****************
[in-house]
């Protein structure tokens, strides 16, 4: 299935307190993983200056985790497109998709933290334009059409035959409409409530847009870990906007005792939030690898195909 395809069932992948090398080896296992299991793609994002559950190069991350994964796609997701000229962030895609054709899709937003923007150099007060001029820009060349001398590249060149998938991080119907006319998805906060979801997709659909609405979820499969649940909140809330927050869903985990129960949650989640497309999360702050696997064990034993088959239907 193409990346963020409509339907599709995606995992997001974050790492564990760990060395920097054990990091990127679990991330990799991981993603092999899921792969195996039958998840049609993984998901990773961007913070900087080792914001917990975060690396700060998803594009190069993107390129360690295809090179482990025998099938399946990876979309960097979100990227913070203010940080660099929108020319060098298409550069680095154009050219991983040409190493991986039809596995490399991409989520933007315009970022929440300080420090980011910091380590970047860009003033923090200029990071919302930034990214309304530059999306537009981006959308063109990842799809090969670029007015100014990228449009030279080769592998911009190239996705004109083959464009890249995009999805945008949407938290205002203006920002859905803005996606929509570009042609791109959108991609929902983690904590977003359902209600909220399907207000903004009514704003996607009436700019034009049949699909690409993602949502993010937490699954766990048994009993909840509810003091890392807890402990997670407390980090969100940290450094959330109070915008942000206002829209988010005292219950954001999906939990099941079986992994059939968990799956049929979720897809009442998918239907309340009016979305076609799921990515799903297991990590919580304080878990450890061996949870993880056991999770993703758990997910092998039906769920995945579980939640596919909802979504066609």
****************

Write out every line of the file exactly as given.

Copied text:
[in-house]
């Protein structure tokens, strides 16, 4: 299935307190993983200056985790497109998709933290334009059409035959409409409530847009870990906007005792939030690898195909 395809069932992948090398080896296992299991793609994002559950190069991350994964796609997701000229962030895609054709899709937003923007150099007060001029820009060349001398590249060149998938991080119907006319998805906060979801997709659909609405979820499969649940909140809330927050869903985990129960949650989640497309999360702050696997064990034993088959239907 193409990346963020409509339907599709995606995992997001974050790492564990760990060395920097054990990091990127679990991330990799991981993603092999899921792969195996039958998840049609993984998901990773961007913070900087080792914001917990975060690396700060998803594009190069993107390129360690295809090179482990025998099938399946990876979309960097979100990227913070203010940080660099929108020319060098298409550069680095154009050219991983040409190493991986039809596995490399991409989520933007315009970022929440300080420090980011910091380590970047860009003033923090200029990071919302930034990214309304530059999306537009981006959308063109990842799809090969670029007015100014990228449009030279080769592998911009190239996705004109083959464009890249995009999805945008949407938290205002203006920002859905803005996606929509570009042609791109959108991609929902983690904590977003359902209600909220399907207000903004009514704003996607009436700019034009049949699909690409993602949502993010937490699954766990048994009993909840509810003091890392807890402990997670407390980090969100940290450094959330109070915008942000206002829209988010005292219950954001999906939990099941079986992994059939968990799956049929979720897809009442998918239907309340009016979305076609799921990515799903297991990590919580304080878990450890061996949870993880056991999770993703758990997910092998039906769920995945579980939640596919909802979504066609």